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There’s better guidance in the UK, study suggests, but work remains to remove structural barriers across Europe. 

performers from La Ribalta Theater take part in a production. four girls are on stage, one looking forward, three looking backwards, all wearing white dresses
Un Peep Show per Cenerentola by Paola Guerra and Antonio Viganò, featuring performers from La Ribalta Theater

Sarah Melchiori

European cultural industries lack the knowledge and experience needed to improve access for disabled artists and audiences, new research indicates.

Commissioned by the British Council, the Time to Act report - the first cross-border study into disabled peoples’ cultural participation - found a “huge need” for guidance and increased understanding in the sector. 

Across 42 countries, 52% of arts professionals rated their knowledge of work by disabled artists as poor or very poor, compared to 16% who reported good or excellent knowledge.


British Council’s Head of Arts and Disability for the EU Ben Evans says the data reflects the structural marginalisation of disabled people as artists, arts professionals and audiences.

“For those of us working in the sector, we inherently knew this information, but it was really important to have the evidence for ministers and arts councils to work with.”

Most European venues and festivals are not profiling work by disabled artists regularly, with just 28% presenting or supporting at least one production by disabled artists a year. Nearly a third of arts organisations (31%) said they do not look for new work by disabled artists.

A lack of knowledge is a major obstacle for the 48% of organisations who say their programmes aren’t fully accessible. One in six respondents had not seen any productions by disabled artists in the last two years.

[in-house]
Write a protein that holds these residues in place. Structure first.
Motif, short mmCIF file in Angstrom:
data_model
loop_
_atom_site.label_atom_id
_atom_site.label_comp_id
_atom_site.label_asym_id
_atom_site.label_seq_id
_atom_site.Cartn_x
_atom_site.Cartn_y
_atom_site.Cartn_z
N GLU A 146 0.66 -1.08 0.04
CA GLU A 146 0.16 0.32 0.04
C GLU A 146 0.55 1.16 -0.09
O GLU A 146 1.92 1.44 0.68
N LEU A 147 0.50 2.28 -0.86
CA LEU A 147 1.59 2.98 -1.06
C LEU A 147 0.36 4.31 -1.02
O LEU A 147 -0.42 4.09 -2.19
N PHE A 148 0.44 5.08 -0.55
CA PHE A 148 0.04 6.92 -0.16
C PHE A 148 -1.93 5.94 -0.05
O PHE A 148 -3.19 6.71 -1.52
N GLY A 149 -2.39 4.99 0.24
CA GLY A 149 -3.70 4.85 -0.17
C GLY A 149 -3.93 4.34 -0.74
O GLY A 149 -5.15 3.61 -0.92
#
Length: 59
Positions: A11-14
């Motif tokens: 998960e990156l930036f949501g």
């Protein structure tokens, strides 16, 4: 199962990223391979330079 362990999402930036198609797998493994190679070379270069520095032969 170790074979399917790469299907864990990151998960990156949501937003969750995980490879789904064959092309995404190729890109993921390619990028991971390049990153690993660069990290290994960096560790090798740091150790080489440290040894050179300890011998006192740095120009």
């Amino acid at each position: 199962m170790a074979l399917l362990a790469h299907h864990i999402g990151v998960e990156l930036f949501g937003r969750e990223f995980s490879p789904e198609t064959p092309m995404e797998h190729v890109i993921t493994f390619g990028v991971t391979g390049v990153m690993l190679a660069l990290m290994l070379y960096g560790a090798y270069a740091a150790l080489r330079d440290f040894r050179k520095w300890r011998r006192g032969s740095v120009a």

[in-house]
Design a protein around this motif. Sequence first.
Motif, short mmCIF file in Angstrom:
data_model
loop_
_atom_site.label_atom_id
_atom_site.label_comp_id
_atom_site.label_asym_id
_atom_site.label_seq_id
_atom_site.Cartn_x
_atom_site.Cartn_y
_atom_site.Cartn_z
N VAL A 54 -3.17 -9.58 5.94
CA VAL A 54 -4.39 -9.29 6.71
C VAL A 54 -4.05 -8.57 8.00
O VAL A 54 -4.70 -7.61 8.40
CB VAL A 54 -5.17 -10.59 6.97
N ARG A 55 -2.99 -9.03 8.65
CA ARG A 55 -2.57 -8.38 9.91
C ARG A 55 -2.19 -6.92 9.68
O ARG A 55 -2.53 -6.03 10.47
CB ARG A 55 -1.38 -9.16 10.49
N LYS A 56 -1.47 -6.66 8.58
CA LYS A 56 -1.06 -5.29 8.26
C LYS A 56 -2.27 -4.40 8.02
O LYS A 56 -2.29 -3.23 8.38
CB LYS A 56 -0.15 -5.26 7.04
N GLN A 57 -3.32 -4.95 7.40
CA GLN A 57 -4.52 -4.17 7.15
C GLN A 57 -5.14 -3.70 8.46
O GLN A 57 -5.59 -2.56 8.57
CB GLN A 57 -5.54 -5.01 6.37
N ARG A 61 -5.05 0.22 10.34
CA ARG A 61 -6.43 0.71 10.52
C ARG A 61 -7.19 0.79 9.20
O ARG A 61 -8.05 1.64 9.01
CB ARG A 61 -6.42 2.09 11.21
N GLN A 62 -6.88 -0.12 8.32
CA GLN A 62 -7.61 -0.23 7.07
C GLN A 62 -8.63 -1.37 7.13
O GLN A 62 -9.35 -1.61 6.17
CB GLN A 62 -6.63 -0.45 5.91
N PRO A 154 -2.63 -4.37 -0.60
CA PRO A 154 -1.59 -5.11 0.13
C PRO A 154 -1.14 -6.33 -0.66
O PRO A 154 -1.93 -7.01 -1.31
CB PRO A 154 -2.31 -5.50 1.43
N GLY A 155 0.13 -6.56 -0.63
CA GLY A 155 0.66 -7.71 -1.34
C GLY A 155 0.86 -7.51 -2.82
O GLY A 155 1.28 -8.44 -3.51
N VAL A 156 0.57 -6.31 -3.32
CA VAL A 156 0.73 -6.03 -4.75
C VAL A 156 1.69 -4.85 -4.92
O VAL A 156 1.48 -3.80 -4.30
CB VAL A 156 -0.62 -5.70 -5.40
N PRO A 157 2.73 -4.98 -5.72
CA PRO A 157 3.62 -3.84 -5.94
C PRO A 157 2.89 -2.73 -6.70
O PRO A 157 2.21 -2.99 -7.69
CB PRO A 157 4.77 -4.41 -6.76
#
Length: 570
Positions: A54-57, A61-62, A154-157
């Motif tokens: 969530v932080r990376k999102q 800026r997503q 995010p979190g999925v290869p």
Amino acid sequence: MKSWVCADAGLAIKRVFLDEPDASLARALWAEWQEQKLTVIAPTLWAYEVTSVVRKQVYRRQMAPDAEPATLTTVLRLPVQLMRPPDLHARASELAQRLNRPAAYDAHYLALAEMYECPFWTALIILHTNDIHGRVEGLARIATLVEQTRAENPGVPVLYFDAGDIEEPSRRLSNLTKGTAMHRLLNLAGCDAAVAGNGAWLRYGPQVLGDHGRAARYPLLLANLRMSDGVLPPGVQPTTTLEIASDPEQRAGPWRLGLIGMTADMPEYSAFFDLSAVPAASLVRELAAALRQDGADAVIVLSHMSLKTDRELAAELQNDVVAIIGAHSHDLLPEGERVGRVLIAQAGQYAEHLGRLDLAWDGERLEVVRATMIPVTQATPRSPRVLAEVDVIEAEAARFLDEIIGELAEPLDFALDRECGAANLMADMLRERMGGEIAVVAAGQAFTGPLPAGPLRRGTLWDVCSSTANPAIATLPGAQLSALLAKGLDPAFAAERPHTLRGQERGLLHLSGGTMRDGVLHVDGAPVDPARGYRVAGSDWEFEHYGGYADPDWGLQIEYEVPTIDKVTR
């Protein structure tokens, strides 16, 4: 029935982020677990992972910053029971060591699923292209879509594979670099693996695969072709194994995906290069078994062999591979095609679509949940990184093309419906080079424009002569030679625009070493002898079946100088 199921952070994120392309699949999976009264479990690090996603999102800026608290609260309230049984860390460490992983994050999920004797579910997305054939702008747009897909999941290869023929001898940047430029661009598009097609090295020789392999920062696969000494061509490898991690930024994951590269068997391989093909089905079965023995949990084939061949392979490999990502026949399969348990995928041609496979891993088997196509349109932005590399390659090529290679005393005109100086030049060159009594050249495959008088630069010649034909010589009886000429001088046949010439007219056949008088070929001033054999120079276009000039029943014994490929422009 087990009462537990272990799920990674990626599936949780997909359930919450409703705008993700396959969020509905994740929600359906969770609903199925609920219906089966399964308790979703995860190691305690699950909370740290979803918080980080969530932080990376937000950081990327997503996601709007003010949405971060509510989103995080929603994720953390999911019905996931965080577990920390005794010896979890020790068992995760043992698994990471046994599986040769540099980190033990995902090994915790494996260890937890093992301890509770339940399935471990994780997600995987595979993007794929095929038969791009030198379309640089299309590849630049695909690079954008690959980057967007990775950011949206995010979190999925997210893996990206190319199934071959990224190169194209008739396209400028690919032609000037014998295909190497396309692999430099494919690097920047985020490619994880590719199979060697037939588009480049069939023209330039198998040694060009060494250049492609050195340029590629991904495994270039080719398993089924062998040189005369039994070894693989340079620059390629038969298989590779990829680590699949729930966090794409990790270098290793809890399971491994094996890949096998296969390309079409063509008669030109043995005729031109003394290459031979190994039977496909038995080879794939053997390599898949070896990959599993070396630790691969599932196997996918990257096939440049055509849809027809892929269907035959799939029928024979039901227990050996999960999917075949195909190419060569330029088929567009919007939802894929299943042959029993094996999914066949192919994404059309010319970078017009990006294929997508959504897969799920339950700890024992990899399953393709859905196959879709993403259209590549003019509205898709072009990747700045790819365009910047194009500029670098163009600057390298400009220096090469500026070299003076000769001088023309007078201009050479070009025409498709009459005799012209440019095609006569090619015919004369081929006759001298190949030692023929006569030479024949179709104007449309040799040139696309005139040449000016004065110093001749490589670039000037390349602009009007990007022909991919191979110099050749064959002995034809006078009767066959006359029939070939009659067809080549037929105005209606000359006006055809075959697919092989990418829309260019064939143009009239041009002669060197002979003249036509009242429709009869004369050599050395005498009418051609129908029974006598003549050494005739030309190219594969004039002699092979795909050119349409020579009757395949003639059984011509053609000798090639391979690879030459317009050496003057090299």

We Shall Not Be Removed Co-Founder Andrew Miller says the report offers few surprises. 

“It’s perfectly apparent the cultural sector does not engage or represent disability well.”

Best practice areas

The UK is a good source of information and guidance for working with disabled creatives, according to the report.

Some arts managers in Europe, finding their national councils to be lacking resources, turned to UK guidance. 

Shape Arts, Unlimited, and Attitude is Everything were quoted by non-disability organisations in Europe as key sources for best practice toolkits and guidance. The Without Walls consortium’s guidance on accessibility for outdoor events was also highlighted.

Evans said other countries’ reliance on UK organisations’ guidance is to be expected: “This is an area where the UK is seen as an area of best practice, even though there is still more work to be done.”

Caution over Covid-19

Inclusive measures need to be adopted more broadly as shifts around Covid-19 threaten progress, the report warns.

Arts professionals on the continent noted the ongoing health risk is disproportionately impacting disabled people, with some fearing inclusion strategies may be deprioritised amidst tightening budgets. 

Others warned against the digital shift being reversed, pushing accessibility efforts backwards.

Evans said these concerns are even more acute in parts of Europe where disability has traditionally been a lower priority, having only hit the cultural agenda two or three years ago. 

Taking a transnational approach to sharing knowledge, involving disabled people in decision making and embracing diversity at the ‘gatekeeping’ level are among the report’s key recommendations to ensure progress is not lost post-pandemic.

Miller called Covid “the greatest challenge to maintaining access to culture in our lifetimes”.

“[It’s] one that is not yet fully understood by the wider arts sector.”